Another preseason preview gives us reason to roll out the 2011-12 edition of Thirty Reasons We Love College Basketball, our annual compendium of YouTube clips from the previous season 100% guaranteed to make you wish games were starting tonight. We’ve captured the most compelling moments from the 2010-11 season, many of which will bring back the goosebumps and some of which will leave you shaking your head in frustration. For the complete list of this year’s reasons, click here. Enjoy!
#1 – Where Welcome Back, Luther Happens
We also encourage you to re-visit the entire archive of this feature from the 2008-09, 2009-10, and 2010-11 seasons.
Our long national nightmare is over. Ok, maybe it was only one year, but CBS has announced that it had decided to go back to the more “traditional” Luther Vandross version of “One Shining Moment” after using Jennifer Hudson’s version last year. While fans and critics widely panned Hudson’s version for the artistic liberties she took with the song and the fact that the video featured several clips of her instead of basketball footage CBS was more kind in their assessment of her version. Harold Bryant, the vice president of production for CBS Sports, stated “Both versions are great. She [Hudson] did a great job. We just felt like we wanted to go back to Luther.”
The Vandross version is one of four (including Hudson’s) that have been used since the song was used at the end of the NCAA Tournament in 1987. The two other renditions are from its songwriter David Barrett (1987-1993) and Teddy Pendergrass (1994-1999). With this year being the 25th anniversary of the song’s introduction it appears to be an especially appropriate time to bring back the Vandross version of the song.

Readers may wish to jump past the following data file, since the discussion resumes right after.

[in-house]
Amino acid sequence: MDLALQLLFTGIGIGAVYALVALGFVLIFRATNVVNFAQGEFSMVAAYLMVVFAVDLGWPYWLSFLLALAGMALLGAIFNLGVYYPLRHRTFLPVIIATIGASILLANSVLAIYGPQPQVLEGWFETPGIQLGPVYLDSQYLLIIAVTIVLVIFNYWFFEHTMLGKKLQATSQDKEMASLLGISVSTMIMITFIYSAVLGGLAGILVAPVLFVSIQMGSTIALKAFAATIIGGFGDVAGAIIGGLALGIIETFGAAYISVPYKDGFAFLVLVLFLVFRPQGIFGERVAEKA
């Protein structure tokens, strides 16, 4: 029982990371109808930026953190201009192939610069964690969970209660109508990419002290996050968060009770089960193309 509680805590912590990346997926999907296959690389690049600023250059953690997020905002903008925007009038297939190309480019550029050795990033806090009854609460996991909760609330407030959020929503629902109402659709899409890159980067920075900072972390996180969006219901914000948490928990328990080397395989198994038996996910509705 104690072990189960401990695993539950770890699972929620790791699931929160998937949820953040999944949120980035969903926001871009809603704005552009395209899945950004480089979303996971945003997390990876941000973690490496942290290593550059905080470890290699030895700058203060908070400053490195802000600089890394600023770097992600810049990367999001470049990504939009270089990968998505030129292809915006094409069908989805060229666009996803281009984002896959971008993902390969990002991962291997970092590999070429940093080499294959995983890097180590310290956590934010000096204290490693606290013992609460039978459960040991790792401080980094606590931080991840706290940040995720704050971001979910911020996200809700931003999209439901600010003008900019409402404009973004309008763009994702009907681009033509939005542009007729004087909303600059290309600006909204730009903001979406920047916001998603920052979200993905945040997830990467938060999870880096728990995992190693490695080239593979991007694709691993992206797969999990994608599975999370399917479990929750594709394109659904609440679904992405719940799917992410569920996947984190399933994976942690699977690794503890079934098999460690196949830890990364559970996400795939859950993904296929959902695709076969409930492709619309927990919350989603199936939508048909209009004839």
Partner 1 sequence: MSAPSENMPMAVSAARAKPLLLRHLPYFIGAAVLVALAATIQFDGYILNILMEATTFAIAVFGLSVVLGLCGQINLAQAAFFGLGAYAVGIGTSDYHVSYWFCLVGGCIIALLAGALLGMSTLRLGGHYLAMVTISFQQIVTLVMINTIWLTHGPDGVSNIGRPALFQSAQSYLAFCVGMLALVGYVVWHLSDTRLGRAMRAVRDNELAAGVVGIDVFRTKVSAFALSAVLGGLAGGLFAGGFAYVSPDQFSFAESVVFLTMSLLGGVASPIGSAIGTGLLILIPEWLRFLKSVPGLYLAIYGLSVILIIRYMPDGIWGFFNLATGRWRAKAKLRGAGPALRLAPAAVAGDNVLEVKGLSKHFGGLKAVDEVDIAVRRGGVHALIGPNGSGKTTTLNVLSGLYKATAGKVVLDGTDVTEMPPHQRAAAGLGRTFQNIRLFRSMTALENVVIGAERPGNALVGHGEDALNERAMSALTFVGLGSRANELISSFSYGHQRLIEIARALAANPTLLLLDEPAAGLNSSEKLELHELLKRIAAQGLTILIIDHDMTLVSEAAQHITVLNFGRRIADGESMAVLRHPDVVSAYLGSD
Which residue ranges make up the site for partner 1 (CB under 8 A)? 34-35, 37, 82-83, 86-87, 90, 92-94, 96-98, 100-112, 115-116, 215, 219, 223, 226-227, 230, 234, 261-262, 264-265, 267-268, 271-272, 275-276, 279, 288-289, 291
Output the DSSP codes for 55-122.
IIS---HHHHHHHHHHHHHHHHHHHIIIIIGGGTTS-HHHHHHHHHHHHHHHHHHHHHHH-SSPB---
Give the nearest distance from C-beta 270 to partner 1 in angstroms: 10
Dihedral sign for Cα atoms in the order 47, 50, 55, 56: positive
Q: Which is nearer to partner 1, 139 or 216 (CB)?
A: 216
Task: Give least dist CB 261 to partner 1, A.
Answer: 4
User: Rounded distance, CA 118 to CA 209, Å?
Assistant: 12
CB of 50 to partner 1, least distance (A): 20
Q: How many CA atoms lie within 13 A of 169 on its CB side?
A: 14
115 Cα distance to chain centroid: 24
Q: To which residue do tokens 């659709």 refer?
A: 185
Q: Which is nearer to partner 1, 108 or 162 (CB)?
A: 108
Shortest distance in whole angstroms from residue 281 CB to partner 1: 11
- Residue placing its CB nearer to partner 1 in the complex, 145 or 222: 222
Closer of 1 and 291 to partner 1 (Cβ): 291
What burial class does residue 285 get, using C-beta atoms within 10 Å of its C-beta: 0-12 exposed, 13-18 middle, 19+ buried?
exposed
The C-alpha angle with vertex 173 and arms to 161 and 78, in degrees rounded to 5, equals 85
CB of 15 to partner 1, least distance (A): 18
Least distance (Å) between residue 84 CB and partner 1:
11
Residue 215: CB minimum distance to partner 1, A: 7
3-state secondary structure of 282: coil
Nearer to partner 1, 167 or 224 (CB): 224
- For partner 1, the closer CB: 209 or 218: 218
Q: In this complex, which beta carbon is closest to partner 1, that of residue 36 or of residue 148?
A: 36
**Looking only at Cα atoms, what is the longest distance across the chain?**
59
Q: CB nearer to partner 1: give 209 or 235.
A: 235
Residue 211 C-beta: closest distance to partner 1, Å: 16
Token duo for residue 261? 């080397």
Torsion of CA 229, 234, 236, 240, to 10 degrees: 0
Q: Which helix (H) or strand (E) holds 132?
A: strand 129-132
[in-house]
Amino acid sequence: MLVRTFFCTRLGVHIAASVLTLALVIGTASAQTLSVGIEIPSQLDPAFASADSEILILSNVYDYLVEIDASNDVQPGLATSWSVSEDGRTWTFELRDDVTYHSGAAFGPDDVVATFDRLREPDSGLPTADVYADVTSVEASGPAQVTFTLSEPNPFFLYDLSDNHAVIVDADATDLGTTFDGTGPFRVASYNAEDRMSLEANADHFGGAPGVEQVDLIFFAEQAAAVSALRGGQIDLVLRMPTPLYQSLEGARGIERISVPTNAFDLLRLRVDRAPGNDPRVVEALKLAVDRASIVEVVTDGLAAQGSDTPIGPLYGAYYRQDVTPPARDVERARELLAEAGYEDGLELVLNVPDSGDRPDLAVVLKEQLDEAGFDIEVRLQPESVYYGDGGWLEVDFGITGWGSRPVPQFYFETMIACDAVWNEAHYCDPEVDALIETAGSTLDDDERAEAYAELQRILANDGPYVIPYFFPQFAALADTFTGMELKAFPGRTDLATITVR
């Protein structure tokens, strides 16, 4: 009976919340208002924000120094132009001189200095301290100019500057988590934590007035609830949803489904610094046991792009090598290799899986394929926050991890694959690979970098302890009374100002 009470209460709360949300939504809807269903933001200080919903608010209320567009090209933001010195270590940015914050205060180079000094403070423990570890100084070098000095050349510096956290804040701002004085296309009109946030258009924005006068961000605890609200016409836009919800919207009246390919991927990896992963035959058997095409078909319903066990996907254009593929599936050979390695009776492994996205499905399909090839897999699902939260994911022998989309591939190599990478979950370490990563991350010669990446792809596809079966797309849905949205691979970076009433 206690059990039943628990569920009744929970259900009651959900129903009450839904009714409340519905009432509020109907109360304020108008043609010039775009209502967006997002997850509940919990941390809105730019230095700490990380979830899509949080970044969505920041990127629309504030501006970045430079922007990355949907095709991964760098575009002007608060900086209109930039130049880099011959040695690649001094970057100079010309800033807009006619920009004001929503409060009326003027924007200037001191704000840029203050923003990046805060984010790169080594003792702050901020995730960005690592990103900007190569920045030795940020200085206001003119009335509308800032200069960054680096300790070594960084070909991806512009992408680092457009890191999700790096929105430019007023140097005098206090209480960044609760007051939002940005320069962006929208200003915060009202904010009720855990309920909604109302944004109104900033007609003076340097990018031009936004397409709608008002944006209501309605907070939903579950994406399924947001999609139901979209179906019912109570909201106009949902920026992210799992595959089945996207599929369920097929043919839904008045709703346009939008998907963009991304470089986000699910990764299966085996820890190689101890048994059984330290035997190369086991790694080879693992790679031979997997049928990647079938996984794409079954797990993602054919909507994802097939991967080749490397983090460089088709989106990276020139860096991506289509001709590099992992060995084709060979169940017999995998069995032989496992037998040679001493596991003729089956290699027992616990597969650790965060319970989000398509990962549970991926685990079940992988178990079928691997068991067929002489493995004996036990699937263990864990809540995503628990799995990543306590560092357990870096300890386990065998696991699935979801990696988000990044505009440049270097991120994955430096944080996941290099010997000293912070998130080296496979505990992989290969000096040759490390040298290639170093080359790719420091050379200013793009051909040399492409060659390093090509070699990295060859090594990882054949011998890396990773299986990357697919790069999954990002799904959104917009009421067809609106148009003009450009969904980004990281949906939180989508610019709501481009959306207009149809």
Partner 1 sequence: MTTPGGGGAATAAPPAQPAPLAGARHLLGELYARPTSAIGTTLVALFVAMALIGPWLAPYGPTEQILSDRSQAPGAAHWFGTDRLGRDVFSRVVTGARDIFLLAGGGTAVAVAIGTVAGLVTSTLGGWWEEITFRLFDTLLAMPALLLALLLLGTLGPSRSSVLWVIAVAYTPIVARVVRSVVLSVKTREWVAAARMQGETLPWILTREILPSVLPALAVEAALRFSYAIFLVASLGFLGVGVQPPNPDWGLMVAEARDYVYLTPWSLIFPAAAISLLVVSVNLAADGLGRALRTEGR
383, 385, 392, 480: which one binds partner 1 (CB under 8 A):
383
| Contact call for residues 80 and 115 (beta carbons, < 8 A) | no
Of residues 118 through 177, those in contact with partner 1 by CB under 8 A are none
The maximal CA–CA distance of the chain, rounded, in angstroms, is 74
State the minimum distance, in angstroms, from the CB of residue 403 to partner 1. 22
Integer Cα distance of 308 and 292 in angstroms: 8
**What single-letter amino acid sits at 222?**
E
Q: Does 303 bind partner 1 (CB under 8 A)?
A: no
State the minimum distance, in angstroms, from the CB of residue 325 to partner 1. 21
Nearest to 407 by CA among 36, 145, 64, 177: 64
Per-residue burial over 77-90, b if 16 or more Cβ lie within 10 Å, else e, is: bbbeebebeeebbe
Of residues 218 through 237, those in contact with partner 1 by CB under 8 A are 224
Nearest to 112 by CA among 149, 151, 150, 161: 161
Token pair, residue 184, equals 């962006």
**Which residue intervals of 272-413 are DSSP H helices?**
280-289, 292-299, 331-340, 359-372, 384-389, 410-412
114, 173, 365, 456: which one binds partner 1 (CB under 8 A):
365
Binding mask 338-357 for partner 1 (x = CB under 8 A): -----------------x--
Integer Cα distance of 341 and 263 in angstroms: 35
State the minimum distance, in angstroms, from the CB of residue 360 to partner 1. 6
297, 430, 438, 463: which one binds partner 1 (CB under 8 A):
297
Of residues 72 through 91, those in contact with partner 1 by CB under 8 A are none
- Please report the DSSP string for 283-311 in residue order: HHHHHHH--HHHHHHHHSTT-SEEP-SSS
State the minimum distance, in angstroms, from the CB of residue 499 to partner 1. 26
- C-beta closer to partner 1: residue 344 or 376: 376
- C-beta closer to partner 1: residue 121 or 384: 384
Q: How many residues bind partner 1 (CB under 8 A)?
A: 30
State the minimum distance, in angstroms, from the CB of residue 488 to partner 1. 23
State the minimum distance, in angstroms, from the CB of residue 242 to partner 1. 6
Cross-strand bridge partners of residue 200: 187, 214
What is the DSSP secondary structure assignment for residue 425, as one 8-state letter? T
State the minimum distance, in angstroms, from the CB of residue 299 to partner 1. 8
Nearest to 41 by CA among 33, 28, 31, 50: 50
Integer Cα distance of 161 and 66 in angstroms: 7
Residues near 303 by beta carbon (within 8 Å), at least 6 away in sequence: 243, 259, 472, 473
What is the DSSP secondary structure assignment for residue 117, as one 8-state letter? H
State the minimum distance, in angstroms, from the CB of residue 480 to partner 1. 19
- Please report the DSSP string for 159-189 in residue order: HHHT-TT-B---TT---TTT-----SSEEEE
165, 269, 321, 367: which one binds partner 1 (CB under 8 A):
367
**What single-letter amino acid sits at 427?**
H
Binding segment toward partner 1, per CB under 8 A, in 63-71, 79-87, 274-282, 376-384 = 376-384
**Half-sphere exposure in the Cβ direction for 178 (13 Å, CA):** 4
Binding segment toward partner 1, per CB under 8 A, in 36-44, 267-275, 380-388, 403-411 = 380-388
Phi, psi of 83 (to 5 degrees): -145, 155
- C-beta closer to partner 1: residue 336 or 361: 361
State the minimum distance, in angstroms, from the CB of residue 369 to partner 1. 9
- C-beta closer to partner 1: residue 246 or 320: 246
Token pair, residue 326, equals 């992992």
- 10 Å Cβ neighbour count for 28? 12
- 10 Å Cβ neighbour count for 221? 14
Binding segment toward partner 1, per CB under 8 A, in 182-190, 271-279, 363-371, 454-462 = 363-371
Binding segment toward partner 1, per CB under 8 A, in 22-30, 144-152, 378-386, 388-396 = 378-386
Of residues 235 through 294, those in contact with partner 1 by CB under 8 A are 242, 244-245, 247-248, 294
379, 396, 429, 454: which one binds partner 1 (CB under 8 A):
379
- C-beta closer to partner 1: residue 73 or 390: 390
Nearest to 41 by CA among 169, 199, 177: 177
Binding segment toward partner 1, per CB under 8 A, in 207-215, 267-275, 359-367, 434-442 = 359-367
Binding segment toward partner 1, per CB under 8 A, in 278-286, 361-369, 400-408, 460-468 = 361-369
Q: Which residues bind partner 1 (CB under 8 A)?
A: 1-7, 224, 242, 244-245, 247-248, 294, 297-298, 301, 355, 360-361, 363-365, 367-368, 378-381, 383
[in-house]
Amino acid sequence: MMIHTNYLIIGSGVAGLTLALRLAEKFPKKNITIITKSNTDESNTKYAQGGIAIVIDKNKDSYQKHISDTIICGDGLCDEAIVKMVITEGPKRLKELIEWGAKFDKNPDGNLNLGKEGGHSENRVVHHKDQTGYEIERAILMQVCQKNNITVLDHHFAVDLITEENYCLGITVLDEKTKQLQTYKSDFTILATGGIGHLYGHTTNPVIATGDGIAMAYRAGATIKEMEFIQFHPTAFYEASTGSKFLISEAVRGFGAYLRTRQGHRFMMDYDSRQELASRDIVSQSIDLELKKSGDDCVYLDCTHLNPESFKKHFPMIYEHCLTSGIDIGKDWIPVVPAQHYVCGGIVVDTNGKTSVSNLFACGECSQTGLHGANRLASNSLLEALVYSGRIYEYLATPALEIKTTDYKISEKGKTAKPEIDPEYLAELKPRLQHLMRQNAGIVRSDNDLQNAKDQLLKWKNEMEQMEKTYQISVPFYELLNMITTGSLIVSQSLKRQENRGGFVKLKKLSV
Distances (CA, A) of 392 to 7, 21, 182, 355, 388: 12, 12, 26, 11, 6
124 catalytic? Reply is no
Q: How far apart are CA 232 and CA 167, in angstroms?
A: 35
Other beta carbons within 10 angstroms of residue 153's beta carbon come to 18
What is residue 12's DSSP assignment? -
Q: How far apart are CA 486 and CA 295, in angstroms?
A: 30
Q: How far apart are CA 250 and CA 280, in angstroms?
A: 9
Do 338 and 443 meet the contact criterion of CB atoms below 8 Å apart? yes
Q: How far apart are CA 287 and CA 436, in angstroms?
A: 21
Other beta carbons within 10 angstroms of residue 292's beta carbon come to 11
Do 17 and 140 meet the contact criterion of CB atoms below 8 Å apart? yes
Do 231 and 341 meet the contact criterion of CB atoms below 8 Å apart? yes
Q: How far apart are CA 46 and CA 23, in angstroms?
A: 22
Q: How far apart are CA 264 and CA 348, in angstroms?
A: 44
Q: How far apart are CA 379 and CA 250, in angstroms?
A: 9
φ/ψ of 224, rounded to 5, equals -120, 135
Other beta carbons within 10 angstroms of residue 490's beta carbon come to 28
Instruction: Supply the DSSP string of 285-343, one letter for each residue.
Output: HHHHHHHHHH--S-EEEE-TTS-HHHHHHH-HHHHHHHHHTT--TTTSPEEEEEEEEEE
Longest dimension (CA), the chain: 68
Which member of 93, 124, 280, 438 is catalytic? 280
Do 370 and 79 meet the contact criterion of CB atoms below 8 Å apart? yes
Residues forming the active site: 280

By now you have probably heard the news that CBS will have a new singer for its traditional “One Shining Moment” montage to finish the NCAA Tournament. To be perfectly honest the reason that it took me so long to get this post up is because I had to figure out who Jennifer Hudson was. I’m not saying she isn’t a “big name”. I have heard of her, but I had no idea why she was “famous”. So after an extensive literature search, we can tell you this about her:
Was a finalist on the 3rd season of American Idol (never watched it)
Won a bunch of awards for her role in Dreamgirls (never watched it)
Had a self-titled debut album that sold over 1 million copies worldwide (never listened to it)
Is friends with Barack Obama (familiar with him, but still waiting on our invitation for a RTC vs. White House pick-up game)
Has a few hit singles, “If This Isn’t Love” and “Spotlight” (never heard them before, but I am assuming they are hits because they have over 3 million and 8 million hits on YouTube and don’t involve dancing babies or drunk girls)
Your new "One Shining Moment" singer
Now that we have that background information out of the way we can get to the important stuff namely Hudson being the fourth person to sing what might be the most second most famous song in sports (behind “The Star-Spangled Banner”, just ahead of “O Canada” and “Take me out to the ball game”, and well ahead of “Sweet Caroline”). As every college basketball fan knows, the three previous singers–David Barrett (1987-1993, 2000-2002), Teddy Pendergrass (1994-1999), and Luther Vandross (2002-2009)–were all guys and while the knowledgeable fan can differentiate the versions by singer having a female voice will certainly be a significant change. While I am willing to try change (rtmsf might disagree with this), I have to admit that I would have preferred if they had went with the Teddy Pendergrass version given his death in January of this year as a tribute much like they did for Doug Towey, the CBS producer who decided to use the song in 1987, after his death in March last year.